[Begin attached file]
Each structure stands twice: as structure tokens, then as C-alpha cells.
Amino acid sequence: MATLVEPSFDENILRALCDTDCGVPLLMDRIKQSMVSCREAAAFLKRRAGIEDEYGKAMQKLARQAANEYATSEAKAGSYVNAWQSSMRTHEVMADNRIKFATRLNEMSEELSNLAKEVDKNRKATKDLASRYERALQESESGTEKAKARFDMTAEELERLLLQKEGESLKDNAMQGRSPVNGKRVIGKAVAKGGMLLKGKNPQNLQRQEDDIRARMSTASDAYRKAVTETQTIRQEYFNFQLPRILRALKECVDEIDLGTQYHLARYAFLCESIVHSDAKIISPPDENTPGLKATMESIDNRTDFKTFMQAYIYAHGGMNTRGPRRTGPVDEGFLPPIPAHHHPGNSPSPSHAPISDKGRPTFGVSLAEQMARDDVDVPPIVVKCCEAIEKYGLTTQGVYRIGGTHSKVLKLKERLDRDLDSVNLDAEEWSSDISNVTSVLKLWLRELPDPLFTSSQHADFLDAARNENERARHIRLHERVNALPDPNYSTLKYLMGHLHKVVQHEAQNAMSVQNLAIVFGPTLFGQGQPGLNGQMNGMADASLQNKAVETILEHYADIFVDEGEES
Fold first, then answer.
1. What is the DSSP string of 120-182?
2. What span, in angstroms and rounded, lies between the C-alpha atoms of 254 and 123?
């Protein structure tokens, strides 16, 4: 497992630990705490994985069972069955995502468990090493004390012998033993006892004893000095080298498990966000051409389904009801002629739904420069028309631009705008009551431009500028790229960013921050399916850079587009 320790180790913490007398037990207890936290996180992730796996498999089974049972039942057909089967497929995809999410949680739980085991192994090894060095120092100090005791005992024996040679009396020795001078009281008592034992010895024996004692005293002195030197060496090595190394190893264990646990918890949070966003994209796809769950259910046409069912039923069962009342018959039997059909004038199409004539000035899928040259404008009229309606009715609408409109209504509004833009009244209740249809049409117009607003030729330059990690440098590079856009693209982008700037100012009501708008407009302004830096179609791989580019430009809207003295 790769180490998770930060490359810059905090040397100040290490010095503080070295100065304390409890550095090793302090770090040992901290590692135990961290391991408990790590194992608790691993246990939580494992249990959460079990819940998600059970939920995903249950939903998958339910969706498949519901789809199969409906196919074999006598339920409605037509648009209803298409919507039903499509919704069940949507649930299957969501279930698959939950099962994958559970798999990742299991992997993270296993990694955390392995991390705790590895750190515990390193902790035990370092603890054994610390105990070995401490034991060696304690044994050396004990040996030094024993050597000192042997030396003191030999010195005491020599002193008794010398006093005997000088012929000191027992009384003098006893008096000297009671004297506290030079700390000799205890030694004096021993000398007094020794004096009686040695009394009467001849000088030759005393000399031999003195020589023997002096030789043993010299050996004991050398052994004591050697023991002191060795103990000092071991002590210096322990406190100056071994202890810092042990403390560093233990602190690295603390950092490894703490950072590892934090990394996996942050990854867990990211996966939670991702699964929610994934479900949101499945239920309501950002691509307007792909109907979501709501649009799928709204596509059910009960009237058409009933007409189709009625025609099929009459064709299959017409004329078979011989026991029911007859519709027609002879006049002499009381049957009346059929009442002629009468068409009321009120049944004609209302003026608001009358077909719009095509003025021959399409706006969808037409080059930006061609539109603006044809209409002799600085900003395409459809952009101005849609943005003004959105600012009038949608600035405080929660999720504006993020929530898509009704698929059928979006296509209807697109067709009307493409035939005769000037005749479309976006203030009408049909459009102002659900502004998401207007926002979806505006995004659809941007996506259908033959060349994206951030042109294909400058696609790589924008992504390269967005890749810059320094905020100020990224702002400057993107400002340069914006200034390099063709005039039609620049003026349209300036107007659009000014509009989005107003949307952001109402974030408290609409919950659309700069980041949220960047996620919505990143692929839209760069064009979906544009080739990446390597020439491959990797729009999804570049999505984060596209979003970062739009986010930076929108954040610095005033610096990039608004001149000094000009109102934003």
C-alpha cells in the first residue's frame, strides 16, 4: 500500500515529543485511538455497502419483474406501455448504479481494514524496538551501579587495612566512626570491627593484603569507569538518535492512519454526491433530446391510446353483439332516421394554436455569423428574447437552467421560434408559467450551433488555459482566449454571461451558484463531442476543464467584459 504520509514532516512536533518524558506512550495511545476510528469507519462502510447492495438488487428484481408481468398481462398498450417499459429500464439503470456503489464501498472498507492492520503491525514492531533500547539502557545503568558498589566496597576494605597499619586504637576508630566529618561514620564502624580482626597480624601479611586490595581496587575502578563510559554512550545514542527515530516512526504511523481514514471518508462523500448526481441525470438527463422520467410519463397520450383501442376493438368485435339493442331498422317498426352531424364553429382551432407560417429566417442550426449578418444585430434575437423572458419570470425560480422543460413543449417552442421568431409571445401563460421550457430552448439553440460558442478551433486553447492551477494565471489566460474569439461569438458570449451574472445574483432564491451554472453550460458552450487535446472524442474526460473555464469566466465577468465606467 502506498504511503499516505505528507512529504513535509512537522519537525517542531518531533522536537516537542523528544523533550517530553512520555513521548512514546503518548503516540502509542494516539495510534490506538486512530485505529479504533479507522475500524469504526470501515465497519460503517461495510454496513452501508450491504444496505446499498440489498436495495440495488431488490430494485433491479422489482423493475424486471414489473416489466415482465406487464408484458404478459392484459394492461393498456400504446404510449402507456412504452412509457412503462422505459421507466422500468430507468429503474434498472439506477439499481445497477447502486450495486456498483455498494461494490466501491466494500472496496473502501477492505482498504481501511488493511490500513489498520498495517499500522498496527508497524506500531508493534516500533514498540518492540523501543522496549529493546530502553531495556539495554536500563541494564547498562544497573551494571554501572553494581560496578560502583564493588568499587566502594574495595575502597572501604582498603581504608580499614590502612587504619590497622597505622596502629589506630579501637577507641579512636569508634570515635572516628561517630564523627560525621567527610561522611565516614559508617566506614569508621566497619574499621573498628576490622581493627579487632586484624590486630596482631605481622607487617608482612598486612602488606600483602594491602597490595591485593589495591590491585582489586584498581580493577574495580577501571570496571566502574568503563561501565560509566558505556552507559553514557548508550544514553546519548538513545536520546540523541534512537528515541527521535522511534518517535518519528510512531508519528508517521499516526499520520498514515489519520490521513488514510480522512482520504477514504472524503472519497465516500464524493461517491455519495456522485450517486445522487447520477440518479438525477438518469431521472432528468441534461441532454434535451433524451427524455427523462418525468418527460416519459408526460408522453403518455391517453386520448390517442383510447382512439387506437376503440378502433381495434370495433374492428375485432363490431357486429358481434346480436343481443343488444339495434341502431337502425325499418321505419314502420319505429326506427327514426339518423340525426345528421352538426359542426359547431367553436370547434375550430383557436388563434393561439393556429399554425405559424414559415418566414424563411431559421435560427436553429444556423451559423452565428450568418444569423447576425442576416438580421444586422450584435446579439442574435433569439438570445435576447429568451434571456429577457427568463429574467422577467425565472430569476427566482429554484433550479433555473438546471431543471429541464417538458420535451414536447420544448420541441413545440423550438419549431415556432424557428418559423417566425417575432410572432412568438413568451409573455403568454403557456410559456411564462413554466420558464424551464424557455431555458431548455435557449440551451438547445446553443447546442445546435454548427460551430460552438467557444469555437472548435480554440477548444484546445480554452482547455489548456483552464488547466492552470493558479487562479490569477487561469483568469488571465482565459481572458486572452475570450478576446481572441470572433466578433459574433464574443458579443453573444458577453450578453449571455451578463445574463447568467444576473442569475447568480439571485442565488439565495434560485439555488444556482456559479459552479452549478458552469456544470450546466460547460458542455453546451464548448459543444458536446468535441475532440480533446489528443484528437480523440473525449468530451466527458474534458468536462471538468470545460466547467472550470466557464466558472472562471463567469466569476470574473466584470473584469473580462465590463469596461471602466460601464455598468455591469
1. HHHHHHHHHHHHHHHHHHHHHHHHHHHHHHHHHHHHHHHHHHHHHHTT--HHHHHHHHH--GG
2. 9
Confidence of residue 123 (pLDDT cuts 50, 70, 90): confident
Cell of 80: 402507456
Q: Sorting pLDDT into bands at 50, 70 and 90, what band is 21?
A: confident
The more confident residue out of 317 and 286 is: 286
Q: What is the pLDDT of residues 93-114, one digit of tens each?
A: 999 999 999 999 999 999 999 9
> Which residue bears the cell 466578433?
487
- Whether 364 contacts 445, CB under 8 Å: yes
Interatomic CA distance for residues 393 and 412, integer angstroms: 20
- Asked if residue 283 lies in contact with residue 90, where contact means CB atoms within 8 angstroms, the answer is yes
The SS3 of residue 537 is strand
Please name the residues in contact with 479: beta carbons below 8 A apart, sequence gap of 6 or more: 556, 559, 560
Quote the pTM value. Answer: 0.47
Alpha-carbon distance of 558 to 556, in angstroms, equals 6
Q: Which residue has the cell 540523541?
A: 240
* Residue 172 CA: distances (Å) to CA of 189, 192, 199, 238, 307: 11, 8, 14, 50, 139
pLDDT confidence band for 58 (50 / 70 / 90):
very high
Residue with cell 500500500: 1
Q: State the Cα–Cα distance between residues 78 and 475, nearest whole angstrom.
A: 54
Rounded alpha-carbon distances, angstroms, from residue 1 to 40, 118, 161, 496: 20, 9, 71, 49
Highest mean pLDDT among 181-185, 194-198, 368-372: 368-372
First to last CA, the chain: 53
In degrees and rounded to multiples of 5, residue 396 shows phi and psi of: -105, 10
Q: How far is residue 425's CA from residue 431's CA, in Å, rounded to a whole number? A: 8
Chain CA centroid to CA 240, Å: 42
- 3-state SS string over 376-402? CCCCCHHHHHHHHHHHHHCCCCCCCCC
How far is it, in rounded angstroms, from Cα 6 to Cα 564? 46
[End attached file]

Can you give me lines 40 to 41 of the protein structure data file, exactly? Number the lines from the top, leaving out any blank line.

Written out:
- 3-state SS string over 376-402? CCCCCHHHHHHHHHHHHHCCCCCCCCC
How far is it, in rounded angstroms, from Cα 6 to Cα 564? 46